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Risky sex and AIDS.

The first national survey of behaviors that increase the risk of contracting AIDS indicates that a large majority of people with multiple sex partners do not use condoms, particularly in black and Hispanic communities.

The 1990 survey, coordinated by researchers at the University of California, San Francisco, involved telephone interviews with two sample populations: a randomly selected group of about 2,800 adults across the nation, and a group of nearly 12,000 adults living in 20 major U.S. cities. The latter group, theoretically at greatest risk for developing AIDS, consisted of roughly equal numbers of whites, blacks and Hispanics.

Eight of 10 people in the national sample reported having one sex partner in the previous year, while 8 percent reported multiple sex partners. About 10 percent said they had no sexual encounters during that year. About 12 percent of the urban group acknowledged having more than one sex partner. Reports of multiple partners came from nearly 40 percent of unmarried white and black men between ages 18 and 45, and from 75 percent of unmarried Hispanic men between ages 18 and 29. These men represent prime targets for AIDS education programs, says Margaret Dolcini of UCSF.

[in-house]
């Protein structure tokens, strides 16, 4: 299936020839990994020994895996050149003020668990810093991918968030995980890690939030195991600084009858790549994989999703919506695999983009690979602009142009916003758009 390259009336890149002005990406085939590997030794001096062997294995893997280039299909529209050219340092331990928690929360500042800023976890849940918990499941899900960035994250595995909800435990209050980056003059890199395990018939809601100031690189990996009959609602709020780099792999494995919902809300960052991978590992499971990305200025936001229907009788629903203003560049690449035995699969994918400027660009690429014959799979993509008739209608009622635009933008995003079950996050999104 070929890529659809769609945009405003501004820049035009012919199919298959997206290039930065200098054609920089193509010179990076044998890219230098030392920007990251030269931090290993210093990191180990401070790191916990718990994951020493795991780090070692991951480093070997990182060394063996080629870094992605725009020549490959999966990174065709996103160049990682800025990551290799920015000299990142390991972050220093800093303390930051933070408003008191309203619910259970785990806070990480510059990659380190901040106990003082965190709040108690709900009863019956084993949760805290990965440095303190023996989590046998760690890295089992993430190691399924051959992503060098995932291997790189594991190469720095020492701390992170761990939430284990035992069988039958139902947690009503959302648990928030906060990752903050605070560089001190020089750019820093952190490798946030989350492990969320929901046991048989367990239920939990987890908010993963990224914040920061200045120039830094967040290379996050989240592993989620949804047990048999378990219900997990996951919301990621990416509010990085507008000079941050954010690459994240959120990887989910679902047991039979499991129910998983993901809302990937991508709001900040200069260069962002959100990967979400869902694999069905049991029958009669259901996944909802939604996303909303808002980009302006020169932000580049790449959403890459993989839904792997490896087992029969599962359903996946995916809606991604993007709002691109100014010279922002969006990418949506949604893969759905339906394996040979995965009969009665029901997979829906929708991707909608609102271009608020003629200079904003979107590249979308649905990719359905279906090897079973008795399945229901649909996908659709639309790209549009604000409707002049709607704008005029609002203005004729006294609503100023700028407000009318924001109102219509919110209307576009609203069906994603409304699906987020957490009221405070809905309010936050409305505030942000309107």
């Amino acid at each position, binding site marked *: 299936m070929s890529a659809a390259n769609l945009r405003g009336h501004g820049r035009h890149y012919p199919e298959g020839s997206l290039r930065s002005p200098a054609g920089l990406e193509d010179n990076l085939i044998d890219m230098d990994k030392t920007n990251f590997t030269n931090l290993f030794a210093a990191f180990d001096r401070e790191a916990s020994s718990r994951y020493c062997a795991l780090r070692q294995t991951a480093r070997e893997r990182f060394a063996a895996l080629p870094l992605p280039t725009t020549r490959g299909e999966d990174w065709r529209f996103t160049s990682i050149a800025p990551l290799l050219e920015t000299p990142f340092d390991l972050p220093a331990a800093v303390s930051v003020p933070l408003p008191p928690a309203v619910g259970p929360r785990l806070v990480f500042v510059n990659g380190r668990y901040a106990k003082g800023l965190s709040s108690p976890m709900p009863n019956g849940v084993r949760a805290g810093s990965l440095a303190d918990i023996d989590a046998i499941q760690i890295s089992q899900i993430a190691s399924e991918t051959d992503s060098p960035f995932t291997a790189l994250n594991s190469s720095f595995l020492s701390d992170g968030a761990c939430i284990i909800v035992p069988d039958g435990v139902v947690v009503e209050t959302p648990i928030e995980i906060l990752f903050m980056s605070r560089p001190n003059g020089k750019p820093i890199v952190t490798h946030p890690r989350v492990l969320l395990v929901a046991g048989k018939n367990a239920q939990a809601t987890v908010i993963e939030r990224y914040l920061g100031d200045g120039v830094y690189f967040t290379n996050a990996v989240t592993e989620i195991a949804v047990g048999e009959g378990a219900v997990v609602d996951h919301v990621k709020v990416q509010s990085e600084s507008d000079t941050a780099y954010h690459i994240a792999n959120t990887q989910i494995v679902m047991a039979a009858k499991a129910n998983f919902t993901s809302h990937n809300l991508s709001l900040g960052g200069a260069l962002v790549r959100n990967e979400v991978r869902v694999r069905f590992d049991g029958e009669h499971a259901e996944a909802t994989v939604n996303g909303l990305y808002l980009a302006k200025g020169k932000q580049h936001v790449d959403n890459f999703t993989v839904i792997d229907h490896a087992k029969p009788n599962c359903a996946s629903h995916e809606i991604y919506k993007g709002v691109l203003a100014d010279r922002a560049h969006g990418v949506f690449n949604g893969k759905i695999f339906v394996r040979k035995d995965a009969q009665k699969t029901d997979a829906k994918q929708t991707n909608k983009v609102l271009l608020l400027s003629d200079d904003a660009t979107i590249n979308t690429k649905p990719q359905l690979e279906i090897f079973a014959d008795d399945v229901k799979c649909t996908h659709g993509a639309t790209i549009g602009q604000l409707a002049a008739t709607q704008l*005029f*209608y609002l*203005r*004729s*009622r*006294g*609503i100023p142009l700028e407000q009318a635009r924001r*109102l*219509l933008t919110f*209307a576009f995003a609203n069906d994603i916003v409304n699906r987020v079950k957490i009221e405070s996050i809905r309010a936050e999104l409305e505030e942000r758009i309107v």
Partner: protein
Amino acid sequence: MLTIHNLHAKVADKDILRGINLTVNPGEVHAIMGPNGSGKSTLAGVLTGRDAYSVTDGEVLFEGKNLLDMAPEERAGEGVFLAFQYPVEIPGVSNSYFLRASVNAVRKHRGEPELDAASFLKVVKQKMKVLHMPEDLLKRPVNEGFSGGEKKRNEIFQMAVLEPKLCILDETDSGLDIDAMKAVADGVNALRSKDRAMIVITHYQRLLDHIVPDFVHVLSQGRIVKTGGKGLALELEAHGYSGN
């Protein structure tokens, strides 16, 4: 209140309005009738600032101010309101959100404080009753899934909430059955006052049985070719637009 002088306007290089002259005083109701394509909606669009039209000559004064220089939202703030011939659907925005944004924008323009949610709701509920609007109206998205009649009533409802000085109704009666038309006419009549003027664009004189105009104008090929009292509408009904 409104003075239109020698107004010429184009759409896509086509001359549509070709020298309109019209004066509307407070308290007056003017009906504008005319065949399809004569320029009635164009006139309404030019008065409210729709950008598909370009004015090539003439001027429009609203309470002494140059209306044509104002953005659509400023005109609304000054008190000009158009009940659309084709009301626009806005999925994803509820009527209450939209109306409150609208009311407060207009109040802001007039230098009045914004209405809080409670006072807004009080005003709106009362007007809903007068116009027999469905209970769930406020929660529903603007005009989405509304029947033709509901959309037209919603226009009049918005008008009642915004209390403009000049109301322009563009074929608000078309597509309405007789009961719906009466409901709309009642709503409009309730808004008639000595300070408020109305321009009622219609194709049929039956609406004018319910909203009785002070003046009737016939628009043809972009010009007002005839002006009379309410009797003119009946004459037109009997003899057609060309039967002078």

Only 17 percent of all participants reporting multiple sex partners said they used condoms without fail in the past year. One in three used condoms in at least half of their sexual encounters. Among blacks and Hispanics, one-third of those with multiple sex partners and one-half of those with risky partners -- who took drugs intravenously, had other sex partners or recently received blood transfusion -- never used condoms.

One in four of all study participants had undergone testing for the AIDS virus, notes Thomas J. Coates of UCSF. Most of those who sought the test lived in cities, and about 3 percent of these city dwellers tested positive for antibodies to the virus. Curiously, two-thirds of those tested reported no behaviors that put them at risk for AIDS, Coates points out. Their reasons for taking the test remain unclear, he says.

Male homosexual acts occurring in the six months preceding the survey were reported by about 1 percent of the men in the national sample and 4 percent of the men in the urban sample, reports Ron D. Stall of UCSF. Another 1 percent and 2 percent of men in the respective groups reported bisexuality in the previous six months. Although these figures represent conservative estimates, the commonly cited prevalence rate of 10 percent for male homosexuality may be too high, Stall asserts.

He notes that the survey yielded virtually no evidence of men engaging in unprotected anal sex with both men and women--a behavior considered a potential bridge for the transmission of the virus to the general population.
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Author:Bower, Bruce
Publication:Science News
Date:Aug 31, 1991
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